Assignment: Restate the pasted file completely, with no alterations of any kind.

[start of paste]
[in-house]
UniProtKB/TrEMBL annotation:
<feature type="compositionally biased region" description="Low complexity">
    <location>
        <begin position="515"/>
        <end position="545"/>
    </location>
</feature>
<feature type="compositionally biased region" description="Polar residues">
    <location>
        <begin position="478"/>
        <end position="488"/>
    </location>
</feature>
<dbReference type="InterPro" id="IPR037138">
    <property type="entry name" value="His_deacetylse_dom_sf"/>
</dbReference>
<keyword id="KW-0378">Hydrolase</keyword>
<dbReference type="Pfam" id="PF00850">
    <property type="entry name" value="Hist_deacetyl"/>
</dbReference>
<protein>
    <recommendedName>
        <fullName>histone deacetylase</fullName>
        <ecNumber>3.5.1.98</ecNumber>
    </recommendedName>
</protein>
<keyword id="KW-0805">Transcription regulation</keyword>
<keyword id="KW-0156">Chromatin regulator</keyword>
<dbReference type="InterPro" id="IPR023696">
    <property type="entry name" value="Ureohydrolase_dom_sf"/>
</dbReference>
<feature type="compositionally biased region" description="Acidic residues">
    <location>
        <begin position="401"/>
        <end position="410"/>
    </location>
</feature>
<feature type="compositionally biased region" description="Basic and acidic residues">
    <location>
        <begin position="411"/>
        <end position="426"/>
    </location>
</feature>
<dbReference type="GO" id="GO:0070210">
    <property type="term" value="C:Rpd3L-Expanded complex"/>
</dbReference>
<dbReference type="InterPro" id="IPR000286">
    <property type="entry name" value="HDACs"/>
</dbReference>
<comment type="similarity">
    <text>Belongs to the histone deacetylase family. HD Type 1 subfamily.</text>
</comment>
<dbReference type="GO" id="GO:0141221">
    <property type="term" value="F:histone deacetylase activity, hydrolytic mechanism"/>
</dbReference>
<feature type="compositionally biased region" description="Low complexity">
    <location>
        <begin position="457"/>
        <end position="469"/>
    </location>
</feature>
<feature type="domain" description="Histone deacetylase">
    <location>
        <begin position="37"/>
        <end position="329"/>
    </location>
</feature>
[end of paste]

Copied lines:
[in-house]
UniProtKB/TrEMBL annotation:
<feature type="compositionally biased region" description="Low complexity">
    <location>
        <begin position="515"/>
        <end position="545"/>
    </location>
</feature>
<feature type="compositionally biased region" description="Polar residues">
    <location>
        <begin position="478"/>
        <end position="488"/>
    </location>
</feature>
<dbReference type="InterPro" id="IPR037138">
    <property type="entry name" value="His_deacetylse_dom_sf"/>
</dbReference>
<keyword id="KW-0378">Hydrolase</keyword>
<dbReference type="Pfam" id="PF00850">
    <property type="entry name" value="Hist_deacetyl"/>
</dbReference>
<protein>
    <recommendedName>
        <fullName>histone deacetylase</fullName>
        <ecNumber>3.5.1.98</ecNumber>
    </recommendedName>
</protein>
<keyword id="KW-0805">Transcription regulation</keyword>
<keyword id="KW-0156">Chromatin regulator</keyword>
<dbReference type="InterPro" id="IPR023696">
    <property type="entry name" value="Ureohydrolase_dom_sf"/>
</dbReference>
<feature type="compositionally biased region" description="Acidic residues">
    <location>
        <begin position="401"/>
        <end position="410"/>
    </location>
</feature>
<feature type="compositionally biased region" description="Basic and acidic residues">
    <location>
        <begin position="411"/>
        <end position="426"/>
    </location>
</feature>
<dbReference type="GO" id="GO:0070210">
    <property type="term" value="C:Rpd3L-Expanded complex"/>
</dbReference>
<dbReference type="InterPro" id="IPR000286">
    <property type="entry name" value="HDACs"/>
</dbReference>
<comment type="similarity">
    <text>Belongs to the histone deacetylase family. HD Type 1 subfamily.</text>
</comment>
<dbReference type="GO" id="GO:0141221">
    <property type="term" value="F:histone deacetylase activity, hydrolytic mechanism"/>
</dbReference>
<feature type="compositionally biased region" description="Low complexity">
    <location>
        <begin position="457"/>
        <end position="469"/>
    </location>
</feature>
<feature type="domain" description="Histone deacetylase">
    <location>
        <begin position="37"/>
        <end position="329"/>
    </location>
</feature>